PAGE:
Jail

Just as we turned into the parking lot, I saw prisoners on the front sidewalk , and it jolted me a little that they actually were wearing stripped outfits–orange and white, these were, and I thought: They definitely would stand out if they tried to make a run for it, and anyway, although I couldn’t tell, those prisoners may have been shackled. Jerry parked the car, and we went in.

I don’t want to do jail-time, I’ve definitely decided. Last Tuesday we went back to the Mohave County Jail in Kingman and visited, for the second time, a young lady, who, during the past few months has been coming to our church, but because of a previous parole violation must now spend 60 days in jail. It’s an awful place–ugly, cold and depressing, especially inside: The exterior displays a different face from that of the interior. From time to time I hear of pampered “guests” who loll around luxuriously in prison cells, but this place seems cut of different cloth, and is not at all attractive.

We could visit with Alyce (not her actual name) at 12:00 and we had to sign in at 11:30, and we must be there 30 minutes before that, so at 11:00, we walked into the small room, where two persons were already waiting. Across one side of the room, attached to the wall, was a hard bench, at the end of which stood a water cooler and a cup dispenser. A young man was slouched against the opposite wall; another sat on the bench. Jerry and I joined him.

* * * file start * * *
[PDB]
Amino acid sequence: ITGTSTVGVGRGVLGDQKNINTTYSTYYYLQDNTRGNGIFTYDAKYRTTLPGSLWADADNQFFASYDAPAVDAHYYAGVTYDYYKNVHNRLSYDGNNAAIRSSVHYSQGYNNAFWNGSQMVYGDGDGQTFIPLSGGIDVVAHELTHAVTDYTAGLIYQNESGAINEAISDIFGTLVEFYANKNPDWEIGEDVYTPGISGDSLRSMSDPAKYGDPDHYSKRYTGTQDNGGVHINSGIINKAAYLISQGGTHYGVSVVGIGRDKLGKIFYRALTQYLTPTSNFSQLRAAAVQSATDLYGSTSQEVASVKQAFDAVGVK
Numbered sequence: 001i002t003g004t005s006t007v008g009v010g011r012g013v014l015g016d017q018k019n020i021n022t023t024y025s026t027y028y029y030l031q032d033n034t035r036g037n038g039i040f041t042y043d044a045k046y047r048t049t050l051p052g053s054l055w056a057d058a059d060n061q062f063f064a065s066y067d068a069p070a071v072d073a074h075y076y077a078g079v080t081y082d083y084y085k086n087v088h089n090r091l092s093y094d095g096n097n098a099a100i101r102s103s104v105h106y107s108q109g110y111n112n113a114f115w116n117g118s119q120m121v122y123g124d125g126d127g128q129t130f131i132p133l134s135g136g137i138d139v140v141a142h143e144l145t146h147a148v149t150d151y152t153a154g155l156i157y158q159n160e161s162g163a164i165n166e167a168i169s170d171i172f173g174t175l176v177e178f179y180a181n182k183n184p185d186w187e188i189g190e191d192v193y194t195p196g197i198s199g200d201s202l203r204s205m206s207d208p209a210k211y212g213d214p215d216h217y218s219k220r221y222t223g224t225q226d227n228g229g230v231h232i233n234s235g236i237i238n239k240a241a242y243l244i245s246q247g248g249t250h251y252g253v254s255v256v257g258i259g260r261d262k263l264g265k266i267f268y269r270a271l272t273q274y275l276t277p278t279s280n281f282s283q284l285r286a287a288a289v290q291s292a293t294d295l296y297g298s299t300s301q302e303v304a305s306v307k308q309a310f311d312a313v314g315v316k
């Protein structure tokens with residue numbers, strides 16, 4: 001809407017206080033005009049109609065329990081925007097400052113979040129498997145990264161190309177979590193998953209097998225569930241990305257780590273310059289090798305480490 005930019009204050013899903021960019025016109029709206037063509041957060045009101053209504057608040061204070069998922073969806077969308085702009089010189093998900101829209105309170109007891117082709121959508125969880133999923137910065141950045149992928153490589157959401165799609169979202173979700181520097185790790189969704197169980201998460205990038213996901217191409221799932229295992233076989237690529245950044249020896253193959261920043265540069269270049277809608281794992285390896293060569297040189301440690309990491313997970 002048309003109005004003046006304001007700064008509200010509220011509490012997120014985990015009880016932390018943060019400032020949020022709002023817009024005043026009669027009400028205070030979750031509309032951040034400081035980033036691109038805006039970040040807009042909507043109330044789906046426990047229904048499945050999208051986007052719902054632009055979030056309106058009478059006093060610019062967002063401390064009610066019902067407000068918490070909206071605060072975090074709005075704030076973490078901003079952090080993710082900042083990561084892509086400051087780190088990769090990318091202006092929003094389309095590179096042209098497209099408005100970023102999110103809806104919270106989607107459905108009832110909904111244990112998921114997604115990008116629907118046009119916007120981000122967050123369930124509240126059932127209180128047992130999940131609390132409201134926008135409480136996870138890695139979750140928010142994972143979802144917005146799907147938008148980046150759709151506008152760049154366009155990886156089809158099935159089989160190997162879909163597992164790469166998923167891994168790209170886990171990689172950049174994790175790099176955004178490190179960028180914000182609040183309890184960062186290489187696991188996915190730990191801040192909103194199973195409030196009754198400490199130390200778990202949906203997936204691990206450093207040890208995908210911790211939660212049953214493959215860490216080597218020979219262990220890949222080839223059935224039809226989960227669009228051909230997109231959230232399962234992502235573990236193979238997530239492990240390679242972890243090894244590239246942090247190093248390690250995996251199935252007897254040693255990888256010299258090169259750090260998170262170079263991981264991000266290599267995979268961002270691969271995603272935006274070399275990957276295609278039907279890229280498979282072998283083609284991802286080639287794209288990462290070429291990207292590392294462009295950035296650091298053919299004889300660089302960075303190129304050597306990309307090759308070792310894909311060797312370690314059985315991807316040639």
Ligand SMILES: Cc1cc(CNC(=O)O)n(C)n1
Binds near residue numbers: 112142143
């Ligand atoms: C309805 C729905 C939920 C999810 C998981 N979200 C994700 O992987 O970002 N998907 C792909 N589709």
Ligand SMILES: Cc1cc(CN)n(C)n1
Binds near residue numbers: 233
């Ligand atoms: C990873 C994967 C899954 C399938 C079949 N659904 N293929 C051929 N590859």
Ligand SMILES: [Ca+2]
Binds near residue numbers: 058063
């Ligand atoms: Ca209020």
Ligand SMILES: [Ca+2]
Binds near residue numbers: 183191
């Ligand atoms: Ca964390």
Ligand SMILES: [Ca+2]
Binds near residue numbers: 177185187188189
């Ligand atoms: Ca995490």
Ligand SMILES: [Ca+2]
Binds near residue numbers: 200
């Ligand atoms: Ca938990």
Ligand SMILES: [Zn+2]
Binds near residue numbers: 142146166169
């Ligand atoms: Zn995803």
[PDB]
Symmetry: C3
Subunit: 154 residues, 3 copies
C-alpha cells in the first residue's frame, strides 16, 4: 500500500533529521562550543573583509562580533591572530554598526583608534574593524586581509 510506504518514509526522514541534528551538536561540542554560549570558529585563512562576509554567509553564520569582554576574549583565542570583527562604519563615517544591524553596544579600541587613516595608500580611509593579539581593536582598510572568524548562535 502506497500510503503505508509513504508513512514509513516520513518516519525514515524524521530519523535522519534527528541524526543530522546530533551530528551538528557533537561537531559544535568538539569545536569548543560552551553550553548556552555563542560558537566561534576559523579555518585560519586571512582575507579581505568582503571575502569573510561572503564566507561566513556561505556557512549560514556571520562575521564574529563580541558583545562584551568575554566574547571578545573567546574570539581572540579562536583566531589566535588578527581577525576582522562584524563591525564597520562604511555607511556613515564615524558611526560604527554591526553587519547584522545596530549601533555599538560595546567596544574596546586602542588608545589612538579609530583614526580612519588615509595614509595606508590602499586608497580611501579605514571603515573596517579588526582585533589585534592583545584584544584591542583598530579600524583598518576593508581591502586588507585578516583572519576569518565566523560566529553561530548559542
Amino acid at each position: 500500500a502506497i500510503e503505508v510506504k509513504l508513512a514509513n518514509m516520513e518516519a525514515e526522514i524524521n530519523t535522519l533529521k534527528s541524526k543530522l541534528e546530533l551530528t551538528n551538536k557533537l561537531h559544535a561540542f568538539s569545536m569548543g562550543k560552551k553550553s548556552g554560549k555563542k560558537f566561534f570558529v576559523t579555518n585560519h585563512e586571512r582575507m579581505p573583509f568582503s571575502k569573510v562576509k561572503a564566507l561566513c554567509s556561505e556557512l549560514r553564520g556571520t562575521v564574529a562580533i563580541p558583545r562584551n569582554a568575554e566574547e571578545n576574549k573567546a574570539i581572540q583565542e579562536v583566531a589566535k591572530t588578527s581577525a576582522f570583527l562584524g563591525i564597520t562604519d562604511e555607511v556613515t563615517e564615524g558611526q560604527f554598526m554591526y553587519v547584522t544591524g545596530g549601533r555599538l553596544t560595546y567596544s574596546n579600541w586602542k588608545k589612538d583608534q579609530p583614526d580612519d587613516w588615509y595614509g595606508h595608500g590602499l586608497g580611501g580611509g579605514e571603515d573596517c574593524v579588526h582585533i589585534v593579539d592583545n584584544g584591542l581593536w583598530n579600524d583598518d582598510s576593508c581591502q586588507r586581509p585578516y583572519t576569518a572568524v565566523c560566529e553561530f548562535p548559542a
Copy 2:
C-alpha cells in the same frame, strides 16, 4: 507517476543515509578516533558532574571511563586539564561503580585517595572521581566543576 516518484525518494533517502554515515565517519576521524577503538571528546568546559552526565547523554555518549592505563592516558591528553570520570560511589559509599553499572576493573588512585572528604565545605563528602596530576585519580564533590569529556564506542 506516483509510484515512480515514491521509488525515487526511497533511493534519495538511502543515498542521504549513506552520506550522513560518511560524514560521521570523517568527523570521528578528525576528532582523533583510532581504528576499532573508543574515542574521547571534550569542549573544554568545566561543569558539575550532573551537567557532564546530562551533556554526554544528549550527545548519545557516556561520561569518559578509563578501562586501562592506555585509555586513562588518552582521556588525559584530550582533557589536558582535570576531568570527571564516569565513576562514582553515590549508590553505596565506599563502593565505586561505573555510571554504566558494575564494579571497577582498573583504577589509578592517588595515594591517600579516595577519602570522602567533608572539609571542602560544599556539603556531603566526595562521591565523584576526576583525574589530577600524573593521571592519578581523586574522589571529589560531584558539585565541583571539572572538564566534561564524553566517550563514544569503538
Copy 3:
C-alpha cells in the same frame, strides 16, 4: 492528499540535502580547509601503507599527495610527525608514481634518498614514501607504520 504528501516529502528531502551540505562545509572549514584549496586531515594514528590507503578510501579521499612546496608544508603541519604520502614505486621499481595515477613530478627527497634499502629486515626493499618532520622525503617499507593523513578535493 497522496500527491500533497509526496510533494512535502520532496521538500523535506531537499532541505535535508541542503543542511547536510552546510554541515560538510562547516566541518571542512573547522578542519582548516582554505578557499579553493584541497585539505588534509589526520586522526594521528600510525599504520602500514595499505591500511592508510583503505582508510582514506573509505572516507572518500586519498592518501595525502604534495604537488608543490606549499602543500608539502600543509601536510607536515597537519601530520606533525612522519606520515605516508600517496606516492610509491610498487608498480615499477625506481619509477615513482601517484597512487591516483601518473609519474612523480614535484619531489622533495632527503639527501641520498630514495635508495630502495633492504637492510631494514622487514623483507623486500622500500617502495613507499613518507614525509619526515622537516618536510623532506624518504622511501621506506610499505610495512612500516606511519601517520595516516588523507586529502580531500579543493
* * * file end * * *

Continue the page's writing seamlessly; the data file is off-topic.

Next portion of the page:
I looked about. A barred window, behind which could be seen personnel and typical office equipment, was the central point of the room. Signs were posted on the wall. I thought of my cellular phone and asked the young man beside me; “Are you allowed to have cell phones in here?”

“No.”

While still in the car, I had thought to leave my camera, but had not considered the phones, so now I turned to Jerry and asked if he wanted me to take his phones to the car, too. “Sure.”

More people had come into the room when I returned, and, by looking around, and a bit of conversation Jerry and I were “learning the ropes,” adding to the bit of information we had been given by Alyce’s husband. We already knew we would be seeing Alyce through a glass and talking by telephone, and that there were only 7 booths available for each visiting session. Now in the anteroom, we understood there to be an unspoken code of observing the order in which people had arrived. Once, someone came in and went straight to the window, waited to speak to the clerk, and when told she couldn’t sign in yet, she laughed, looked around at the rest of us, and spoke.

“You guys didn’t say a thing…just let me walk up here ahead of everyone else.”

A couple of the guys smirked and said, “We had our eyes on you.”

11:30 The sign-in begins. At our turn, Jerry and I showed our ID and handed in a couple of books for Alyce: All the information was recorded, handwritten into a log book. We were given back our driver’s licenses. “Number 4,” said the friendly lady.

“Uh, but where do we go?”

“Through that door right there. Find booth number 4.”

The visiting room was constructed of drab white cement blocks, Rorschach blobs of peeling paint supplying the only decoration. Lighted by fluorescent bulbs, a gray-green light cast the scene. Black, heavy phones were mounted on the side walls of each booth, attached by coiled steel cords. Jerry had told me to visit first. He sat down on the back-wall bench; I took my place on the round short stool and faced the thick glass.

The second week, I was smarter, and sat with Jerry on the wall bench until I saw the prisoners filing in, but the first visit I had the better part of a half-hour to stare into the 12×24 glass. There were things to read though; notes, lessons and prayers scratched into the “battleship gray” of the booth: Why?–I (heart) u–Jesus loves you–a drawing of a heart with wings–Pray–He listens.